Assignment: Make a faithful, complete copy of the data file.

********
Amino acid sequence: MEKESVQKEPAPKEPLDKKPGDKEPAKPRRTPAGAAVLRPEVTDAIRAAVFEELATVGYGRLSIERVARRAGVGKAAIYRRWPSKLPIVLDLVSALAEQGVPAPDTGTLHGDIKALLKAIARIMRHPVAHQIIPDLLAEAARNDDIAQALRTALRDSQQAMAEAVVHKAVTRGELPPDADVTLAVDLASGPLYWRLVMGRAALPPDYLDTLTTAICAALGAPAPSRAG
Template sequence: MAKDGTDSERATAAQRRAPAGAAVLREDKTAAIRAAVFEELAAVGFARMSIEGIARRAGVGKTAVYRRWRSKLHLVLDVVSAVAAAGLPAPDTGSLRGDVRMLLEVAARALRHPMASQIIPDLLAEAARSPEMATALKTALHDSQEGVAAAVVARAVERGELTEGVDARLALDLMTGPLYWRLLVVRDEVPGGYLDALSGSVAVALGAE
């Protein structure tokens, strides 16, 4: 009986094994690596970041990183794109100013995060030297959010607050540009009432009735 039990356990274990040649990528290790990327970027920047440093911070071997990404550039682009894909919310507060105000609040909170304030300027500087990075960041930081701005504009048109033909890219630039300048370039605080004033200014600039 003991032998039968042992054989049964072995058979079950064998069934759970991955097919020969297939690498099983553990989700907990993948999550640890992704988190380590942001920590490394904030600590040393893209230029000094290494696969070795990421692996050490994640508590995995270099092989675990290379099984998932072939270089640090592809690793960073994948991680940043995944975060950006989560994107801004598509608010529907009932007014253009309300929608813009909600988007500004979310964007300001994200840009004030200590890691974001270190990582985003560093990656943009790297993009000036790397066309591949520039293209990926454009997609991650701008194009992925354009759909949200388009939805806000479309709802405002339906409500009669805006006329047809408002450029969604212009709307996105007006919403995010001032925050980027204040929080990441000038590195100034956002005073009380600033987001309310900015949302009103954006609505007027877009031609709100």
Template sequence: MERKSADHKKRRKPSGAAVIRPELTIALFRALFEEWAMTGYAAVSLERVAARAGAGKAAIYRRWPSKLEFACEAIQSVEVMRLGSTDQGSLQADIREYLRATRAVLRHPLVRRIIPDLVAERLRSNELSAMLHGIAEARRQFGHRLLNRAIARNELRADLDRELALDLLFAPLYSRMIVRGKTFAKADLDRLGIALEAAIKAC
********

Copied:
Amino acid sequence: MEKESVQKEPAPKEPLDKKPGDKEPAKPRRTPAGAAVLRPEVTDAIRAAVFEELATVGYGRLSIERVARRAGVGKAAIYRRWPSKLPIVLDLVSALAEQGVPAPDTGTLHGDIKALLKAIARIMRHPVAHQIIPDLLAEAARNDDIAQALRTALRDSQQAMAEAVVHKAVTRGELPPDADVTLAVDLASGPLYWRLVMGRAALPPDYLDTLTTAICAALGAPAPSRAG
Template sequence: MAKDGTDSERATAAQRRAPAGAAVLREDKTAAIRAAVFEELAAVGFARMSIEGIARRAGVGKTAVYRRWRSKLHLVLDVVSAVAAAGLPAPDTGSLRGDVRMLLEVAARALRHPMASQIIPDLLAEAARSPEMATALKTALHDSQEGVAAAVVARAVERGELTEGVDARLALDLMTGPLYWRLLVVRDEVPGGYLDALSGSVAVALGAE
């Protein structure tokens, strides 16, 4: 009986094994690596970041990183794109100013995060030297959010607050540009009432009735 039990356990274990040649990528290790990327970027920047440093911070071997990404550039682009894909919310507060105000609040909170304030300027500087990075960041930081701005504009048109033909890219630039300048370039605080004033200014600039 003991032998039968042992054989049964072995058979079950064998069934759970991955097919020969297939690498099983553990989700907990993948999550640890992704988190380590942001920590490394904030600590040393893209230029000094290494696969070795990421692996050490994640508590995995270099092989675990290379099984998932072939270089640090592809690793960073994948991680940043995944975060950006989560994107801004598509608010529907009932007014253009309300929608813009909600988007500004979310964007300001994200840009004030200590890691974001270190990582985003560093990656943009790297993009000036790397066309591949520039293209990926454009997609991650701008194009992925354009759909949200388009939805806000479309709802405002339906409500009669805006006329047809408002450029969604212009709307996105007006919403995010001032925050980027204040929080990441000038590195100034956002005073009380600033987001309310900015949302009103954006609505007027877009031609709100």
Template sequence: MERKSADHKKRRKPSGAAVIRPELTIALFRALFEEWAMTGYAAVSLERVAARAGAGKAAIYRRWPSKLEFACEAIQSVEVMRLGSTDQGSLQADIREYLRATRAVLRHPLVRRIIPDLVAERLRSNELSAMLHGIAEARRQFGHRLLNRAIARNELRADLDRELALDLLFAPLYSRMIVRGKTFAKADLDRLGIALEAAIKAC